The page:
Frijn and his co-authors look specifically at the impact on the performance over 13 years (2002 to 2014) of 243 listed UK firms (excluding financial sector ones), making up 95 per cent of British stock market capitalization, of having directors who were not British citizens. Performance is here measured by the change in the market value of the firm (share price) relative to the book value (Tobin’s Q) and return on assets. The proportion of firms with at least one foreign director has been increasing, reaching 72 per cent by the end of the sample. Previous studies along these general lines have, so they report, produced mixed results, but those results included negative effects from the presence of foreign independent directors.
Here is the abstract to the paper
We examine the impact of cultural diversity in boards of directors on firm performance. We construct a measure of cultural diversity by calculating the average of cultural distances between each board member using Hofstede’s culture framework. Our findings indicate that cultural diversity in boards negatively affects firm performance measured with Tobin’s Q and ROA. These results hold after controlling for potential endogeneity using firm fixed effects and instrumental variables.
The results are also robust to a wide range of board and firm characteristics, including various measures of ‘foreignness’ of the firm, and alternative culture frameworks and other measures of culture. The negative impact of cultural diversity on performance is mitigated by the complexity of the firm and the size of foreign sales and operations. In addition, we find that the negative effects of cultural diversity are concentrated among the independent directors. Finally, we find that not all aspects of cultural differences are equally important and that it is mainly the diversity in individualism and masculinity that affect the effectiveness of boards of directors.
As someone who hadn’t looked into this literature in any detail previously, those results surprised me. As a sceptic of the value of such “diversity”, I might have expected them to fail to find any statistically significant economic benefits (to the owners of the firms), but in fact they found statistically significant negative effects.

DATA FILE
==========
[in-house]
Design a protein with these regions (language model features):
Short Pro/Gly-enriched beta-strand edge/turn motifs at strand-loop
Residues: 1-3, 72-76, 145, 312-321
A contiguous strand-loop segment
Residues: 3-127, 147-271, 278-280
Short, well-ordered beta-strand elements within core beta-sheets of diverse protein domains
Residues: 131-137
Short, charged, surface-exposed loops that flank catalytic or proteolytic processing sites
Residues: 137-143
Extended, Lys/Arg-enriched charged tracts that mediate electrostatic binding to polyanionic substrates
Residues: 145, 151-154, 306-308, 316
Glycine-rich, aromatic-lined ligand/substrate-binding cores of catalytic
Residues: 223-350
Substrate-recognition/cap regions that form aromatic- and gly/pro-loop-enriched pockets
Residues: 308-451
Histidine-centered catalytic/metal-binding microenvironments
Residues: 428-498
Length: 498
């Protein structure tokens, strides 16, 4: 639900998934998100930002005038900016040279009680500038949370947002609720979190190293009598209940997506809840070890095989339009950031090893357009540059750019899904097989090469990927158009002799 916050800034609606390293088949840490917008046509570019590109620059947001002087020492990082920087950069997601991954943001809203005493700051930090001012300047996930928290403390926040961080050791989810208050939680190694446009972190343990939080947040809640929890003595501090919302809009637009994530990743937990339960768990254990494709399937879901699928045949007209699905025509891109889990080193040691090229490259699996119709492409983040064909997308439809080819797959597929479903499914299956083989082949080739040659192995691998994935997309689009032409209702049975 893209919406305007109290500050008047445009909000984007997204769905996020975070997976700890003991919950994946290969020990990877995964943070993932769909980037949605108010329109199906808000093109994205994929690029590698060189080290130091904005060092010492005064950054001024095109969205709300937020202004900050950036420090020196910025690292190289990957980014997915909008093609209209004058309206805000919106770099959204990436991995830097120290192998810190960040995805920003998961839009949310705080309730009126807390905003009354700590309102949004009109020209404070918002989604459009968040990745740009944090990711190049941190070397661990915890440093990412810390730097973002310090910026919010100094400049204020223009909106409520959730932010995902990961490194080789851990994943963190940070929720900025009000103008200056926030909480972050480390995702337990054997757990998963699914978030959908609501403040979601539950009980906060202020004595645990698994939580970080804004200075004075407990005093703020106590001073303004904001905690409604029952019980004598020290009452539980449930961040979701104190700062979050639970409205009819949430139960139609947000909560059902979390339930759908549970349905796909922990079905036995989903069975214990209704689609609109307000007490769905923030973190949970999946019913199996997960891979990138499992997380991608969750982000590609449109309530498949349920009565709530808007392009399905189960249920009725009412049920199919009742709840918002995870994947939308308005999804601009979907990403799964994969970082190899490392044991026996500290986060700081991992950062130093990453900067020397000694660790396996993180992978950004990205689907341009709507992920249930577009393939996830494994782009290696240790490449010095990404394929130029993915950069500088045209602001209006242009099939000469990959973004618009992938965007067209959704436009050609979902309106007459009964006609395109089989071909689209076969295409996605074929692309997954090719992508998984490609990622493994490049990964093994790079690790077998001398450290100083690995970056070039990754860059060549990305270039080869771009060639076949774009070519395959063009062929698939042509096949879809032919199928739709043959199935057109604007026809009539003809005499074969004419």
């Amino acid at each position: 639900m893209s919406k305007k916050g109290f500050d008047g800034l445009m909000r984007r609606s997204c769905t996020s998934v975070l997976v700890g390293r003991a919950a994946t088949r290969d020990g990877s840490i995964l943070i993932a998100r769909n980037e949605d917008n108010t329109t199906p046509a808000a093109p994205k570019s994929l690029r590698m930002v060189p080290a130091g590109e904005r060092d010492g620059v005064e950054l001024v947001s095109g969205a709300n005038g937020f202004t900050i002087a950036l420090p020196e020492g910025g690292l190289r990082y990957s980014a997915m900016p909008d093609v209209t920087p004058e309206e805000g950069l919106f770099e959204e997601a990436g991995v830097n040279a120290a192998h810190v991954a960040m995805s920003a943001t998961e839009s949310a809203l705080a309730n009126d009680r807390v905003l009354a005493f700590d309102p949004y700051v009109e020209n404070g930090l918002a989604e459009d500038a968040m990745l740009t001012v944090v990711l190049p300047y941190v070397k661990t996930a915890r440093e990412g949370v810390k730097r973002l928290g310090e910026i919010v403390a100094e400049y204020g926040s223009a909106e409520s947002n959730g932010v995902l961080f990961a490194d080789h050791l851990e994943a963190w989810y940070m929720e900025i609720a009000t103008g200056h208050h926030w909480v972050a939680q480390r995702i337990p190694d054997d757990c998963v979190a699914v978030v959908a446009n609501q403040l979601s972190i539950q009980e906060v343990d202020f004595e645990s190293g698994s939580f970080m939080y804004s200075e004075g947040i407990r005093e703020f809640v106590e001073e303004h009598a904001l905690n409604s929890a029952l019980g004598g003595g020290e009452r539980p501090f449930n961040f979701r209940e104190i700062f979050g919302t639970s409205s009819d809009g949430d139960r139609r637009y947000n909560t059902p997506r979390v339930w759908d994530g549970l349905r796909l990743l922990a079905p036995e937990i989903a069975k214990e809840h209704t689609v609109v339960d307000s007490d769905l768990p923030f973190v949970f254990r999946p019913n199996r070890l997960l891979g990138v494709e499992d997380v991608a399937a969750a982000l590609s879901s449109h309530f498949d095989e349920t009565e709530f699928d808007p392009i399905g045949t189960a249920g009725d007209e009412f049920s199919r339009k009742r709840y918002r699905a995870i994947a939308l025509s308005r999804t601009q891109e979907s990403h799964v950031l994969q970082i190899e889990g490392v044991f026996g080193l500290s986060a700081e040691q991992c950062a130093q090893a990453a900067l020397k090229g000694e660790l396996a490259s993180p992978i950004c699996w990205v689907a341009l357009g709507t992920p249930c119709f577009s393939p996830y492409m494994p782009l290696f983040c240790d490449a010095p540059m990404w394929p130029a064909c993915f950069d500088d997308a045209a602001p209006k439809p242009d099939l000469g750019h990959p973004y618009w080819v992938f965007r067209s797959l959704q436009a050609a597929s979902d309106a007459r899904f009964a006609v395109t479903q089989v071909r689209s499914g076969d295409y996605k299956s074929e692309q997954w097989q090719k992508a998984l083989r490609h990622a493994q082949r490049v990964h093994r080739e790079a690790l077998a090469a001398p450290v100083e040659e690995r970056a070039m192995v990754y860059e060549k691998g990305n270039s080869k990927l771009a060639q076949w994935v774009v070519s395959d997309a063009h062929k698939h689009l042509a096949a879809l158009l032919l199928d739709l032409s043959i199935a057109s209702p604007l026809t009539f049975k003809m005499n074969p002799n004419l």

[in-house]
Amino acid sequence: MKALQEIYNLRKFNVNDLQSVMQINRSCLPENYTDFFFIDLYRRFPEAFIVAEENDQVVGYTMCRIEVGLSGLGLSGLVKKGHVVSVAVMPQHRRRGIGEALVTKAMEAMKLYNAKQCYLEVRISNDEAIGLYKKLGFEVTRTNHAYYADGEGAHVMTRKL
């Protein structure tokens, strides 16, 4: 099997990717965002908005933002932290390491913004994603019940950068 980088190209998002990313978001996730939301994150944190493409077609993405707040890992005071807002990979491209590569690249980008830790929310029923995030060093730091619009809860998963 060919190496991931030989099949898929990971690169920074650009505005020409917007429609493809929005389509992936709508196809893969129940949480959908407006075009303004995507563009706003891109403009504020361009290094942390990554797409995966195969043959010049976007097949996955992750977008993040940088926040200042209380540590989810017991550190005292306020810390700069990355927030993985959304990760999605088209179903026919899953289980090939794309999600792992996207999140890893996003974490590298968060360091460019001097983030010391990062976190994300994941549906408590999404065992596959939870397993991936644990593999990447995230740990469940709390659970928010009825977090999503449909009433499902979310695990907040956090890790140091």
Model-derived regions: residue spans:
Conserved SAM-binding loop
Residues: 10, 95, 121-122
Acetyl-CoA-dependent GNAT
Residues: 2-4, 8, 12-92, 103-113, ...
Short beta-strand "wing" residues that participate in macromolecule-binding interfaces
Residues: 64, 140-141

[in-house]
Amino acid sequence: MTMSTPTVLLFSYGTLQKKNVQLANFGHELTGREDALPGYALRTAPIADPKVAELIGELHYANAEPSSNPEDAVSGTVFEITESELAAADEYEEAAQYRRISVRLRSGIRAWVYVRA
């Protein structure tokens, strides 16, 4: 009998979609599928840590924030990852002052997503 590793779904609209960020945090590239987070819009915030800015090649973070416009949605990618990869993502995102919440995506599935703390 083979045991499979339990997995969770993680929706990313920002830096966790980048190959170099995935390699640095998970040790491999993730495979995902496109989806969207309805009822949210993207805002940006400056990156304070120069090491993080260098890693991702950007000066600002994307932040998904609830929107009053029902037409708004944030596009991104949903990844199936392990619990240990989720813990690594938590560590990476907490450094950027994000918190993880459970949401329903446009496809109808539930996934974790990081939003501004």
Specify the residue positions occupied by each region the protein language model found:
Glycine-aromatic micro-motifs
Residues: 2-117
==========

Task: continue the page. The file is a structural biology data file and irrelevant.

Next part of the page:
Try as they might, they couldn’t consistently get rid of the negative effects. They test for all sorts of things. Does being based in a metropolitan area as opposed to a smaller town matter? Does the complexity of the business matter? Does it matter whether the foreign directors are independents or executive directors? Does it matter if the firm is also listed in the US? The negative effects aren’t there in every possible alternative specification – they disappear for executive directors, for very complex firms, and for those with large proportions of foreign sales for example – but there were no alternative specifications that generated statistically significant positive results.
The authors look at the nationalities of the foreign directors, using a (now quite old) cultural values framework developed by Hofstede for classifying each country. People from different countries (loosely “cultures”) differ on things like individualism, uncertainty avoidance, attitudes to the relationship between superiors and juniors (“power distance”), and “masculinity” (assertiveness, outspokenness, driven-ness, rather than gender per se). They also use some more recently developed “cultural scores” capturing dimensions like religion, language, or even genetic differences. As they note in the abstract above, not all cultural characteristics seem to matter much, but “individualism” and “masculinity” did in the results of this study.